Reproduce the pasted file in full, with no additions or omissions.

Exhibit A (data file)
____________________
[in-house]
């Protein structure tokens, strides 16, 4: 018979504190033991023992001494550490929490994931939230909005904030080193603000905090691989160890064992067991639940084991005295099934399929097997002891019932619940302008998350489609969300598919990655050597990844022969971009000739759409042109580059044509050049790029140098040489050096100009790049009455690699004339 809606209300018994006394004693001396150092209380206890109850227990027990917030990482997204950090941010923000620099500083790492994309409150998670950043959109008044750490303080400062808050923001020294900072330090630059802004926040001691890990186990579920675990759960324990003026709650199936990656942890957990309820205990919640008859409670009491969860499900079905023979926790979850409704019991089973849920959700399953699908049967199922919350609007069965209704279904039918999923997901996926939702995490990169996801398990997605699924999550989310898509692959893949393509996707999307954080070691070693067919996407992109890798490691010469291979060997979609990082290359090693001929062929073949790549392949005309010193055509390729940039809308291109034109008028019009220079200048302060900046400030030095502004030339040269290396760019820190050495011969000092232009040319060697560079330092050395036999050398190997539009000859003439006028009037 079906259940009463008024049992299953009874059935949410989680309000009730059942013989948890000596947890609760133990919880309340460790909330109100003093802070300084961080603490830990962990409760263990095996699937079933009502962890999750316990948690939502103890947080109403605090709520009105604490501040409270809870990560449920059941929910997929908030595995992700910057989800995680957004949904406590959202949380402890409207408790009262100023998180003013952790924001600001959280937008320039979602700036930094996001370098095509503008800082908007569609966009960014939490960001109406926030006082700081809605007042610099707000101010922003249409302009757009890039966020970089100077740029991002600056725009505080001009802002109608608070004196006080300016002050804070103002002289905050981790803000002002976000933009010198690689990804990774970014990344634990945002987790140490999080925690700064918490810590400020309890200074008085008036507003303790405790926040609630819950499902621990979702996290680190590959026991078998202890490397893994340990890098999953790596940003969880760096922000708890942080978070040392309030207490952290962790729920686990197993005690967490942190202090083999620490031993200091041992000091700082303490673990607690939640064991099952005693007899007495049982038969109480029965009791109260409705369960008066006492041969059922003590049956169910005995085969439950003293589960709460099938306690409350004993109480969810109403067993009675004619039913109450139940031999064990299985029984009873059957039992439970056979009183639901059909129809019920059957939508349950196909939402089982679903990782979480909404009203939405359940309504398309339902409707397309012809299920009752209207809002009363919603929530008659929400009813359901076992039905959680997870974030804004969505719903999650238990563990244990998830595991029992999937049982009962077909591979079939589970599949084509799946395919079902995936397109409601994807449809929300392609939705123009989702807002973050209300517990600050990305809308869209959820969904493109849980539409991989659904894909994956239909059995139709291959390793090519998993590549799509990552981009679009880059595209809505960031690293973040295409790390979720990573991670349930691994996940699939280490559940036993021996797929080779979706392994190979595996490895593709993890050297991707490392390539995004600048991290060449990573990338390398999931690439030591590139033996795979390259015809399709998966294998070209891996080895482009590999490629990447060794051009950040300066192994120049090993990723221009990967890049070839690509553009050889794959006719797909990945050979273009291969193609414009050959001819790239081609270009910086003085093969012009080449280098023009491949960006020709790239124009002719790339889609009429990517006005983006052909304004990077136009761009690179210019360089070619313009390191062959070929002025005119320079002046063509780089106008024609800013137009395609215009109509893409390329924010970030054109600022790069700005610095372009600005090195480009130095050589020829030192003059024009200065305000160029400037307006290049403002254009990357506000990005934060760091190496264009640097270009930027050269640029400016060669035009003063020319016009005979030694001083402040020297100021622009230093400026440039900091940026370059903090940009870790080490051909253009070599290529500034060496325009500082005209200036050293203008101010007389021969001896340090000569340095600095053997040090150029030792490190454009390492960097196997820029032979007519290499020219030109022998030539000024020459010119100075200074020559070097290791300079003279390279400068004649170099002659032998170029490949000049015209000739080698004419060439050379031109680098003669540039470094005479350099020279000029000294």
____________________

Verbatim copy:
[in-house]
């Protein structure tokens, strides 16, 4: 018979504190033991023992001494550490929490994931939230909005904030080193603000905090691989160890064992067991639940084991005295099934399929097997002891019932619940302008998350489609969300598919990655050597990844022969971009000739759409042109580059044509050049790029140098040489050096100009790049009455690699004339 809606209300018994006394004693001396150092209380206890109850227990027990917030990482997204950090941010923000620099500083790492994309409150998670950043959109008044750490303080400062808050923001020294900072330090630059802004926040001691890990186990579920675990759960324990003026709650199936990656942890957990309820205990919640008859409670009491969860499900079905023979926790979850409704019991089973849920959700399953699908049967199922919350609007069965209704279904039918999923997901996926939702995490990169996801398990997605699924999550989310898509692959893949393509996707999307954080070691070693067919996407992109890798490691010469291979060997979609990082290359090693001929062929073949790549392949005309010193055509390729940039809308291109034109008028019009220079200048302060900046400030030095502004030339040269290396760019820190050495011969000092232009040319060697560079330092050395036999050398190997539009000859003439006028009037 079906259940009463008024049992299953009874059935949410989680309000009730059942013989948890000596947890609760133990919880309340460790909330109100003093802070300084961080603490830990962990409760263990095996699937079933009502962890999750316990948690939502103890947080109403605090709520009105604490501040409270809870990560449920059941929910997929908030595995992700910057989800995680957004949904406590959202949380402890409207408790009262100023998180003013952790924001600001959280937008320039979602700036930094996001370098095509503008800082908007569609966009960014939490960001109406926030006082700081809605007042610099707000101010922003249409302009757009890039966020970089100077740029991002600056725009505080001009802002109608608070004196006080300016002050804070103002002289905050981790803000002002976000933009010198690689990804990774970014990344634990945002987790140490999080925690700064918490810590400020309890200074008085008036507003303790405790926040609630819950499902621990979702996290680190590959026991078998202890490397893994340990890098999953790596940003969880760096922000708890942080978070040392309030207490952290962790729920686990197993005690967490942190202090083999620490031993200091041992000091700082303490673990607690939640064991099952005693007899007495049982038969109480029965009791109260409705369960008066006492041969059922003590049956169910005995085969439950003293589960709460099938306690409350004993109480969810109403067993009675004619039913109450139940031999064990299985029984009873059957039992439970056979009183639901059909129809019920059957939508349950196909939402089982679903990782979480909404009203939405359940309504398309339902409707397309012809299920009752209207809002009363919603929530008659929400009813359901076992039905959680997870974030804004969505719903999650238990563990244990998830595991029992999937049982009962077909591979079939589970599949084509799946395919079902995936397109409601994807449809929300392609939705123009989702807002973050209300517990600050990305809308869209959820969904493109849980539409991989659904894909994956239909059995139709291959390793090519998993590549799509990552981009679009880059595209809505960031690293973040295409790390979720990573991670349930691994996940699939280490559940036993021996797929080779979706392994190979595996490895593709993890050297991707490392390539995004600048991290060449990573990338390398999931690439030591590139033996795979390259015809399709998966294998070209891996080895482009590999490629990447060794051009950040300066192994120049090993990723221009990967890049070839690509553009050889794959006719797909990945050979273009291969193609414009050959001819790239081609270009910086003085093969012009080449280098023009491949960006020709790239124009002719790339889609009429990517006005983006052909304004990077136009761009690179210019360089070619313009390191062959070929002025005119320079002046063509780089106008024609800013137009395609215009109509893409390329924010970030054109600022790069700005610095372009600005090195480009130095050589020829030192003059024009200065305000160029400037307006290049403002254009990357506000990005934060760091190496264009640097270009930027050269640029400016060669035009003063020319016009005979030694001083402040020297100021622009230093400026440039900091940026370059903090940009870790080490051909253009070599290529500034060496325009500082005209200036050293203008101010007389021969001896340090000569340095600095053997040090150029030792490190454009390492960097196997820029032979007519290499020219030109022998030539000024020459010119100075200074020559070097290791300079003279390279400068004649170099002659032998170029490949000049015209000739080698004419060439050379031109680098003669540039470094005479350099020279000029000294």